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Akron family fights to keep loved one's killer behind bars

akron murder
Posted at 6:20 PM, Dec 14, 2022
and last updated 2022-12-14 20:01:18-05

AKRON, Ohio — Two decades later, an Akron family is reliving the trauma of losing their loved one as they fight to keep her killer behind bars.

For Ulius Landrum, her daughter Selena Holmes and her husband Vincent Benson, they are reliving the pain of losing, Lilius Landrum. A sister, aunt and friend that went by the nickname, “Friggy,” because when she was little, she was always getting in the refrigerator.

“She was a loving, kind, sweet, beautiful person that prayed a lot,” said Lilius’s sister, Ulius Landrum.

Now, the family is fighting to keep Lilius’s killer, Tony Smith, behind bars.

“I think he should be in there forever,” said Benson, Lilius’s brother-in-law.

Lilius lost her life in 1998. She was a young actress, and met Tony Smith during her prison ministry.

“She just started writing him and they met and she brought him into the community,” said Ulius.

Soon Lilius and Tony would move in together and her brother-in-law Benson, would get a phone call he would never forget.

“I was at home and her father; Julius Landrum called and told me what happened. He had gone to the house, and he actually saw his daughter's gruesome murder,” said Benson.

Lilius was found dead and her body dismembered in the basement of the duplex she lived in with Tony.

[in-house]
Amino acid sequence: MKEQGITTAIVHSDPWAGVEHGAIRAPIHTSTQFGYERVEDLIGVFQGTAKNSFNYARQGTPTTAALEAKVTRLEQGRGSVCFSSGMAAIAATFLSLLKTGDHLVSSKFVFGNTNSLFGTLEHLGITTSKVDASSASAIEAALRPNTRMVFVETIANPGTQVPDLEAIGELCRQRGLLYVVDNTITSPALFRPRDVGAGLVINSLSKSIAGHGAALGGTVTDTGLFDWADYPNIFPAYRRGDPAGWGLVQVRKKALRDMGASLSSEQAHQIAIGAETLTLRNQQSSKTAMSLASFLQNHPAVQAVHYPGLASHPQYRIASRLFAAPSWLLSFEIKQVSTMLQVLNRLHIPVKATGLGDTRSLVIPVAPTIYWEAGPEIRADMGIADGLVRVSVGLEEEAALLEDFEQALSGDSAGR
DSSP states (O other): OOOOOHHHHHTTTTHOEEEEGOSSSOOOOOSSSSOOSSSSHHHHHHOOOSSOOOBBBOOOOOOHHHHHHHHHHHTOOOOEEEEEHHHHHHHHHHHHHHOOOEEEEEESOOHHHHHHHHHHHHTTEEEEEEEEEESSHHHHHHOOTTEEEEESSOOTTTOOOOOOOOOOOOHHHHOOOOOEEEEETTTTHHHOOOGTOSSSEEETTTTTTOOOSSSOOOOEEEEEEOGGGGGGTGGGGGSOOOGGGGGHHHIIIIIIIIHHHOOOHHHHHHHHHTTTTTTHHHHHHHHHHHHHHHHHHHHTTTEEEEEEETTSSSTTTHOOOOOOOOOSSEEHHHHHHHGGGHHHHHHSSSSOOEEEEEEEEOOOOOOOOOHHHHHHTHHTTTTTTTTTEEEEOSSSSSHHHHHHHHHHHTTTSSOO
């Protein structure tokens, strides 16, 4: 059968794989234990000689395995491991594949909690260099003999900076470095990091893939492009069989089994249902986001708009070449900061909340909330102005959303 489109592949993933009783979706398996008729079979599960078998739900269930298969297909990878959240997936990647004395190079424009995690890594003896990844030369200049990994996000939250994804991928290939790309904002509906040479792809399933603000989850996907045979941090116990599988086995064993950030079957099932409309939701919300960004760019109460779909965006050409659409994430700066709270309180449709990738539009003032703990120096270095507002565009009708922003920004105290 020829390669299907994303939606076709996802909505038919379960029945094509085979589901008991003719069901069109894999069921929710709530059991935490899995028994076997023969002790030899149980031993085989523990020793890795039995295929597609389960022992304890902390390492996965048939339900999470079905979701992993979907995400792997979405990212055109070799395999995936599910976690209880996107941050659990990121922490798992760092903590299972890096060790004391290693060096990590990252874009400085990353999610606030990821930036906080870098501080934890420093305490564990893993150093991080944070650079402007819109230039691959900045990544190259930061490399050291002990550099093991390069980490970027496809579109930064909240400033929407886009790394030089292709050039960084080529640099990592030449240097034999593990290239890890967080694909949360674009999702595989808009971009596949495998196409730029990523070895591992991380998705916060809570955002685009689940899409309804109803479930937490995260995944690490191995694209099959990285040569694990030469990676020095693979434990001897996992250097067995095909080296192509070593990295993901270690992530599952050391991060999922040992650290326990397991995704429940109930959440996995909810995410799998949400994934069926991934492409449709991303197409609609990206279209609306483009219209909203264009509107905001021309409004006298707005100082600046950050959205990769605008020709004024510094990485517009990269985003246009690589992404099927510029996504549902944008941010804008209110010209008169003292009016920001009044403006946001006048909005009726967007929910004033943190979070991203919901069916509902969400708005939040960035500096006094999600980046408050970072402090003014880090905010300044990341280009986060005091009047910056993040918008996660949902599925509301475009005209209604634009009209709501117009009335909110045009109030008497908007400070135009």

“Just unbelievable. That you could really trust someone and believe them, believe in them and promote them the way she did and to have that happen,” said Ulius.

In December 1998, Smith pleaded guilty to murder. He was sentenced to life in prison with possible parole at 15 years.

“This case was one of the most gruesome murders that this office has ever prosecuted,” said Summit County Prosecutor Sherri Bevan Walsh.

While in prison, he wrote the family two letters; one typed and one handwritten.

“For me it was very difficult—to actually see a handwritten letter and to be feeling that in that he actually sat down and wrote with the hands that had slaughtered her,” Ulius said.

But for the family it wasn't nearly enough

“There is no apology.” Ulius continued, “He says I can't bring her back and it doesn't do any good to say why it happened.”

They fought his parole once , getting a 10-year extension, and they are fighting it again and hoping for the same.

“Because he is going up for parole, we have to keep taking the band aid off and keep going through this every time,” Ulius said.

“You know, unfortunately, our only option right now is to just fight like crazy,” Walsh said.

Ulius said her family will keep fighting to keep Smith behind bars for as long as they can, and they will make sure the next generations do the same.

They have a Facebook page called “Stop the Release of Tony Rahmel Smith." People can also fill out a form for the parole board and they can weigh in on the board’s website, with comments due by Wednesday.

The hearing is on Dec. 21. If Smith is given parole, the prosecutor does have the ability to object and request a full board hearing.

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